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Interactive Annual 14:
The National Archives Experience— Digital Vaults
A wonderful exploratory interface on top of a sophisticated application. Great functionality and highly approachable. Michael Lebowitz
A great balance of serendipitous sifting and searching of the national archives. Britt Miura
The National Archives and Records Administration (NARA) is an independent agency of the federal government charged with preserving government and historical records and increasing public access to them. This portal into the heart of the National Archives puts visual records front and center. It features a record-centric collection—a single record is the focus and all similarly tagged records spiral out around it—that guides visitors along pathways of connected documents, photographs and media. The stories change based on the unexpected ways that visitors browse and explore the collection.
- For a year-and-a-half, ten studio members worked on the concept, design and development.
- Currently, the site contains over 1,200 records.
- Created in PHP/Symfony and Flash CS3/Flex, the backend uses an Oracle database.
What was the most challenging aspect of the project?
The motivation behind the navigation interface was to create a visual concept that was far removed from a traditional drill-down, taxonomical solution, one that would reward peoples curiosity and endorse the notion that you dont have to be looking for something specific and that it is ok to just explore. We knew that we wanted to avoid anything resembling a conventional search engine or list. We also didnt want it to be complex and application-like. And, we wanted to keep the experience as intuitive and natural to the user as possible and for the user to learn how to use the site instinctually.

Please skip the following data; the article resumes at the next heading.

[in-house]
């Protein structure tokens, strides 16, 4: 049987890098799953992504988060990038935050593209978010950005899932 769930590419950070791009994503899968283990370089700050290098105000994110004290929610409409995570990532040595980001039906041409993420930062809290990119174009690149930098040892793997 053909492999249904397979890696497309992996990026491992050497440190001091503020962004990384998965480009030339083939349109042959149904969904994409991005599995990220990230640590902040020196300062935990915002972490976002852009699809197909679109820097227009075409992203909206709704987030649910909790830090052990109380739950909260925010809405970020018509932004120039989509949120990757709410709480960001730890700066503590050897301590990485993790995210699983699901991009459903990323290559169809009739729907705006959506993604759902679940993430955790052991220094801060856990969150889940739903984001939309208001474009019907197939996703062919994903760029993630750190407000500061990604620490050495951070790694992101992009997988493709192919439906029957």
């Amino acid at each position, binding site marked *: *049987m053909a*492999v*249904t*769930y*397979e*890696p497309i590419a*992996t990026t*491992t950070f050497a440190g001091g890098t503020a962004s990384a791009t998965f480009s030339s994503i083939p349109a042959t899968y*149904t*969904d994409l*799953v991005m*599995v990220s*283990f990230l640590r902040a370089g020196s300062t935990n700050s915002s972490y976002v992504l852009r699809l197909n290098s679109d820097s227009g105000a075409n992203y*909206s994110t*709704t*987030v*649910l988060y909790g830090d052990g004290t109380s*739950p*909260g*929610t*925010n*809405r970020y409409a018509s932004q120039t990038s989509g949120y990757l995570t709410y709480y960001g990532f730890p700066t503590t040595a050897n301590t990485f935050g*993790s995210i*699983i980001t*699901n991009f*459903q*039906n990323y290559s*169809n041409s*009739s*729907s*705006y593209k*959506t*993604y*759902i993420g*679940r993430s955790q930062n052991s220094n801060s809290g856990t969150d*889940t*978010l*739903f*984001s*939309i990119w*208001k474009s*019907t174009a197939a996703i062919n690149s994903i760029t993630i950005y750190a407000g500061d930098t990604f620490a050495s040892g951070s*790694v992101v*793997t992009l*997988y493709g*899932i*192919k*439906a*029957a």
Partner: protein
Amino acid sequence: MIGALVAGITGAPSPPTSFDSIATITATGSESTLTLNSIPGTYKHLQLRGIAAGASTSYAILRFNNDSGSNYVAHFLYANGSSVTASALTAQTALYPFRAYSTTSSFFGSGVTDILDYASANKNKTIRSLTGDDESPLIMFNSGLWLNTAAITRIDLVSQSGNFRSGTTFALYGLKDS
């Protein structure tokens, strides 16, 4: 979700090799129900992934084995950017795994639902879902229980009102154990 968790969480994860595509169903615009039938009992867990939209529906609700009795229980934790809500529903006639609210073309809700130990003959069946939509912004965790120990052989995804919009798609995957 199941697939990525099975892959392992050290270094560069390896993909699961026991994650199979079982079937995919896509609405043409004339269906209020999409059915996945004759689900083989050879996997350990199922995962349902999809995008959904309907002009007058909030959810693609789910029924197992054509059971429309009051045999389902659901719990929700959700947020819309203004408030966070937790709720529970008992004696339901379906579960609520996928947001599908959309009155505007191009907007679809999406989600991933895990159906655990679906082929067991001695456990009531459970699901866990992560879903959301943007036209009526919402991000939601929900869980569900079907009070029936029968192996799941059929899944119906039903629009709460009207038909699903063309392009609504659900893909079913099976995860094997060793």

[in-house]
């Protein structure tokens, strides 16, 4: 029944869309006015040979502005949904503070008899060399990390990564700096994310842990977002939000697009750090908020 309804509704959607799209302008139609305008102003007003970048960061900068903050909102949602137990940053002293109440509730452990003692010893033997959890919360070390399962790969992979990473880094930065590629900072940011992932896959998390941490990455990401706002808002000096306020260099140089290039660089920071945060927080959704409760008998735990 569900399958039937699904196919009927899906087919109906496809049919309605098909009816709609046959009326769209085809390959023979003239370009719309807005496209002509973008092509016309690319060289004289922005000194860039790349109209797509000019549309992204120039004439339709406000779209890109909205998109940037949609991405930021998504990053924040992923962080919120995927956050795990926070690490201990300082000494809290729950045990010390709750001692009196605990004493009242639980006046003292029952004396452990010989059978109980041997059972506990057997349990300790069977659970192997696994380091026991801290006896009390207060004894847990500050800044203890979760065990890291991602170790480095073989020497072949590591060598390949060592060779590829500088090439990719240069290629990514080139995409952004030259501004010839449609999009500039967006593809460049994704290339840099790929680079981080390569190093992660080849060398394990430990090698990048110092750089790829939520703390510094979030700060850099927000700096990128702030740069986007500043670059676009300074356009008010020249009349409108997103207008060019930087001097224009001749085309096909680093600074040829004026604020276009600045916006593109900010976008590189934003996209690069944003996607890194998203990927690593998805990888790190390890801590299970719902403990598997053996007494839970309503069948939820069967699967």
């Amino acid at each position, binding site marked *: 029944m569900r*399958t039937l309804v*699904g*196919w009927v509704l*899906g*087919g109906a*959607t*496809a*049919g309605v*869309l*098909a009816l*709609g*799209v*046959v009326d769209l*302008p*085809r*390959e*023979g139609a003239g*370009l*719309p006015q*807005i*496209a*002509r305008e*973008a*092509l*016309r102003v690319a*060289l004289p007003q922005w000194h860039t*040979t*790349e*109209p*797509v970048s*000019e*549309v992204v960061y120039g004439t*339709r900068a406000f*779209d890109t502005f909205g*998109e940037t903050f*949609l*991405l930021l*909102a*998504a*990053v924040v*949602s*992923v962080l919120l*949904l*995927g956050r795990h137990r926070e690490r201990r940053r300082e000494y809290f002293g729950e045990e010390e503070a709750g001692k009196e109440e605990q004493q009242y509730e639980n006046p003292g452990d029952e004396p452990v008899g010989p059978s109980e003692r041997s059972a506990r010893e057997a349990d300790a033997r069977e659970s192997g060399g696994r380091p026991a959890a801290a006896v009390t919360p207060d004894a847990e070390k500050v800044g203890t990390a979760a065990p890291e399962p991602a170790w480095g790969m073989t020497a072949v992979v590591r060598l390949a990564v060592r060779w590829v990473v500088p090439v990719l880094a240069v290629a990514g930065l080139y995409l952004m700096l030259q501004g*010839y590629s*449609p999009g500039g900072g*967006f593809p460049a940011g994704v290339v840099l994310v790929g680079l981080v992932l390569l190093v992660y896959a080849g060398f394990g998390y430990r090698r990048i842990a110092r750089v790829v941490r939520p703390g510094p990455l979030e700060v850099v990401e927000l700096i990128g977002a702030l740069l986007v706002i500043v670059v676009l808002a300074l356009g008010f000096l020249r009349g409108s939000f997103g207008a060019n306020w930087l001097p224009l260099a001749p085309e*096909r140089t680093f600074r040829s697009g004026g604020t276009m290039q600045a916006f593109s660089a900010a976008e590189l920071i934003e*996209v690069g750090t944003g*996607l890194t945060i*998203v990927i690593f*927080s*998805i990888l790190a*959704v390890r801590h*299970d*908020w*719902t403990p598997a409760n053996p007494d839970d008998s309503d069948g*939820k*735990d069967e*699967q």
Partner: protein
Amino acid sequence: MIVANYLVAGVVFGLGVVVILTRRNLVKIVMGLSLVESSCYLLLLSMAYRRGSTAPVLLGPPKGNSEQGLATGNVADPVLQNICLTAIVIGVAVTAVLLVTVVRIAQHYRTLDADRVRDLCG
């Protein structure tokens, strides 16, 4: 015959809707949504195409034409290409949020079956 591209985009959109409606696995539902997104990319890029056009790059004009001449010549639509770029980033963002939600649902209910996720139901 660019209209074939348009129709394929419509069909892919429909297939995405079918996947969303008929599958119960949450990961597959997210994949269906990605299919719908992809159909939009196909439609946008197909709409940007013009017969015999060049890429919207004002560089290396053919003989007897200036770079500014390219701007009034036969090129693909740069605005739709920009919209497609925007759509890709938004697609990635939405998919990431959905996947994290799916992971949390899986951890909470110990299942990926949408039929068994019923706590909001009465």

The biggest challenge was to bring form and structure to something so unconventional. We initially wanted to group records around the center randomly. But after some experimentation and modeling, we landed on a variation on the phyllotaxis spiral (the elegant spiral formation in which sunflowers and pinecones grow) that proved to be a simple and flexible lattice on which to organize our records.
Through iterative concepting and wireframing, we found a way to present the tag-based navigation for the site. On the simplest level, records that share more tags are visually available in a way that privileges them. On a more complex level, visitors can further shape the visualization by filtering the collection by tags, time and media type. Visitors can also narrow results by choosing which tags are active in a persistent menu. And, to navigate a large record set, a throttle control allows easy movement forward and backward through the web of records.
Brad Johnson, creative director
Christian Bannister/Dave Rau, designers
Jeremy Brown/Michael Godfrey/Thomas Wester, programmers
Jennifer Young, producer
Erica Dillon/Melissa Paugh, production assistants
Julie Beeler, studio director
Erica Dillon/Melissa Paugh, quality assurance
Second Story Interactive Studios (Portland, OR), project design and development
Suzanne Adamko, Center for the National Archives Experience/Thora Colot, Foundation for the National
Archives/Franck Cordes, Foundation for the National Archives/Marvin Pinkert, Center for the
National Archives Experience, clients